When shopping in the grocery store, you likely have your own habits. Whether we like it or not, we’re all slaves to certain brands or products. We just get used to buying them regularly, which means that we’re much less likely to stray away from them and try something new. After all, why bother changing things up when you’re happy with the products you get?
The moment you reach the milk aisle, you likely know just what you’re going to reach for. You barely have to think about it at all. You simply glance up, grab the familiar-looking bottle, and move on. Many of us ladies tend to stick to skim milk for one unsurprising reason – we believe that it’s the healthiest option out there.
I mean, the government specifically tells us so on myplate.gov:
“Choose fat-free or low-fat milk. If you usually drink whole milk, switch gradually to fat-free milk, to lower saturated fat and calories”
But, wait, what if they’re wrong? Could the very institution that amassed a $20 trillion dollar debt, liberated Iraq, and invented government cheese be wrong about milk?!
Full-fat dairy products may be healthier, according to science
Steering clear of dairy fat (or, indeed, any type of fat) may seem like a natural thing to do. Whether you’re trying to lose weight or simply lower your cholesterol, it makes sense to cut back on the things that you assume are bad for your general health. But, here’s the interesting thing, full fat is not always as terrible for you as you may initially assume.
While you may think that less fat means less harm to your body, that’s not always the case. According to a recent Swedish study, eating high-fat dairy products is actually linked to a lower risk of obesity. It sounds odd since we’re told to believe that less fat on our lips means less fat on our hips. Sometimes, though, a little healthy fat can do our bodies a whole load of good.
And that’s not the only research to suggest that eating a little more real dairy could keep us healthy. In fact, last year, another 2016 study found a surprising link between eating dairy fat and lowering your risk of diabetes. Again, the suggestion here was that introducing a little more full-fat dairy into your diet could have some positive health benefits.
The problem with skim milk: Buy milk with fat instead
If you’re still loyal to skim milk, (also known as “skimmed” milk in Canada and the U.K.) there’s one thing that you ought to know before you go gulping away. The skimming process does not simply mean taking the fat out of your milk and leaving you with a delicious and not-so-creamy product.
There’s a whole load more to it, actually. While the manufacturers have to remove certain elements of the milk, they also have to replace them with something.
Shockingly, much of the time, the thing they use as a replacement is –sugar! The main issue with that is that it makes your sugar intake surge immensely without you even knowing it and that could be making you pile on those extra pounds.
Weight Watchers & Milk
So, the interesting thing is that popular diets like Weight Watchers seem to make a point of favoring the low-fat or skim milk options in their plans. In fact, Weight Watchers Online (view today’s coupons) even says:
“Keep in mind that only “non-fat” (0% milk fat) and “low-fat” (typically labeled as 1% milk fat) items count towards the Weight Watchers Good Health Guidelines for dairy. “Reduced-fat” items (typically labeled as 2% milk fat) do not.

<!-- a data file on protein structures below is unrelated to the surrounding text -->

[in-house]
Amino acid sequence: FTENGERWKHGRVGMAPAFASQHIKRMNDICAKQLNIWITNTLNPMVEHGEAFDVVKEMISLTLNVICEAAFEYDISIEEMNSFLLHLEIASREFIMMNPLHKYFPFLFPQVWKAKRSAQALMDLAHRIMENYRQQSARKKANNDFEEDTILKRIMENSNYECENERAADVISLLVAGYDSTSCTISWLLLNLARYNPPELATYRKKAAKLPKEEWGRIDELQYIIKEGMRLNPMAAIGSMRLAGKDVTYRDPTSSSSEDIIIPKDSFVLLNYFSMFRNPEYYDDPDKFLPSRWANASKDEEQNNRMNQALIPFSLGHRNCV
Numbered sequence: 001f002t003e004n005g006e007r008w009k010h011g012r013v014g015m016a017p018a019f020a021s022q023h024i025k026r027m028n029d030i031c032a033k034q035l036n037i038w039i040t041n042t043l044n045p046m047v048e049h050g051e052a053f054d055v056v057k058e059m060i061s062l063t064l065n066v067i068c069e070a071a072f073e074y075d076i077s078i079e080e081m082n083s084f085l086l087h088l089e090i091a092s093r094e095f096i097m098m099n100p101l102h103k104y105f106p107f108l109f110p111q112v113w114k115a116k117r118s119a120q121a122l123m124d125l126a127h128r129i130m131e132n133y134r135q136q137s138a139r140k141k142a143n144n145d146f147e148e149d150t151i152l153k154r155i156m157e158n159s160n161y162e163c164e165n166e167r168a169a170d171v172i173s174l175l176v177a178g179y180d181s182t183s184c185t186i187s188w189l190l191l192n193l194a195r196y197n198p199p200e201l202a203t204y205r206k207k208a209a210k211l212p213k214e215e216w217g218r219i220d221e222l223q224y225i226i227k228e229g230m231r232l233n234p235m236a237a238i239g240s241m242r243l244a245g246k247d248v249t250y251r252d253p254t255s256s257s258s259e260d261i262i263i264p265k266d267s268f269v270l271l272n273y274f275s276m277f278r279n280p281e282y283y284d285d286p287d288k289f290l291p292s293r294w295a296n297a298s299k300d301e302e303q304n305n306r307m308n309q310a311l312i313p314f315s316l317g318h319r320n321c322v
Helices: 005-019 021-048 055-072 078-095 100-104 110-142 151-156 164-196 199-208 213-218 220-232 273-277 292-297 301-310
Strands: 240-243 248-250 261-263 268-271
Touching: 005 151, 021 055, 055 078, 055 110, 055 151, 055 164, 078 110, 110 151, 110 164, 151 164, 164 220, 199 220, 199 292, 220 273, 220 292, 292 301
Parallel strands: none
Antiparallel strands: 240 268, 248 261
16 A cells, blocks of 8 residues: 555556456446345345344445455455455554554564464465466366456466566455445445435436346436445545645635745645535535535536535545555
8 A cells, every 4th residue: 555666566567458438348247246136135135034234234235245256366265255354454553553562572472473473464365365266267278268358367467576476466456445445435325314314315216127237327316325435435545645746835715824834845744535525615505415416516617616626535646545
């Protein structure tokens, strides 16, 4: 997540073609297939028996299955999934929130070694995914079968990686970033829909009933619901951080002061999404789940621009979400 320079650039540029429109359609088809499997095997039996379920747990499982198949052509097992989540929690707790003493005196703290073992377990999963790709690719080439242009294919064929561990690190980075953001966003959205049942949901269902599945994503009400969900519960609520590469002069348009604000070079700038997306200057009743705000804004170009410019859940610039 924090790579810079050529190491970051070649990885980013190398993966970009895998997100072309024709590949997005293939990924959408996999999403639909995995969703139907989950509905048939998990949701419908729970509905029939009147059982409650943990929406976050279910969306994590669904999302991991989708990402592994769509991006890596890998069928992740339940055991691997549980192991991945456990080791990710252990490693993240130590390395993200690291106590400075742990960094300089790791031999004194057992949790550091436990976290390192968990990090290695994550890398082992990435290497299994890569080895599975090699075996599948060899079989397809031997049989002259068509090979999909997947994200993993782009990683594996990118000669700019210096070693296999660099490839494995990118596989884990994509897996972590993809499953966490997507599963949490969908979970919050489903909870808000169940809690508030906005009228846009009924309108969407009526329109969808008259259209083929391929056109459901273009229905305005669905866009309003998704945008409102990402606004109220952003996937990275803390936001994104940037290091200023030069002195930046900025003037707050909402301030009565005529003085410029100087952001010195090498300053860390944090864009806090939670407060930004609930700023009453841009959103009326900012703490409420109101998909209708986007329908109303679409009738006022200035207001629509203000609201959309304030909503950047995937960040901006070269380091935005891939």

However, even though whole milk is going to cost you more Weight Watchers points (PointsPlus), they do emphasize the benefits of drinking milk of any kind, and list dairy milk alternatives on weightwatchers.com along with PointsPlus values:
Milk: Weight Watchers PointsPlus values per cup:
- Whole dairy: 4
- Reduced-fat milk: 3
- Lowfat (1%) milk: 3
- Nonfat/skim milk: 2
- Buttermilk: 3
- Goat’s milk: 5
- Sheep’s milk: 7
- Almond milk (unsweetened): 2
- Coconut milk: (light) 6
- Rice milk: 3
- Soy milk (fat-free): 2
Don’t Buy Skim Milk: Consider Whole, Soy Milk, or Almond Milk Instead
Well, one way to include more full-fat dairy in your diet is to opt for either whole milk, 2% milk or a non-dairy alternative rather than skim. This tiny change to your regular routine is certain to ensure that you get a decent dose of dairy on a regular basis.
You can also take the advice of diets like Medifast and consider some of the healthy non-dairy alternatives that are out there like soy milk and almond milk which have half the calories (and half the Weight Watchers PointsPlus) as 2% or whole milk.
You could also consider snacking on full-fat yogurt when you get a chance and even indulging in a little tasty cottage cheese now and then. No, really. According to the research we’ve already mentioned, doing so could reduce your risk of obesity and diabetes. It may seem counter to your instincts, but it could be just the change you need.
Mother, Should I Trust The Government?
It’s also interesting to note that the Harvard Healthy Eating Plate (the hipster rival to the U.S. government’s “MyPlate”) omits the glass of dairy milk altogether, replacing it with a glass of water and adds, “you should limit milk/dairy to 1-2 servings a day.”
Hmmm… I wonder if milk’s ubiquitous presence on MyPlate has to do with the fact that the dairy lobby spends over $7 million each year to lobby the U.S. government? I mean, they’d probably recommend that we all suck our milk directly out of a wild buffalo if someone paid them enough.
Anyway, enough about politics. As with everything, your intake of dairy products should be in moderation. Living a healthy lifestyle is all about exercising and eating a balanced diet. With that in mind, cutting dairy fat out of your diet altogether seems a little ludicrous, right?
- More: Reasons Why Skim Milk is a Scam – cafemom.com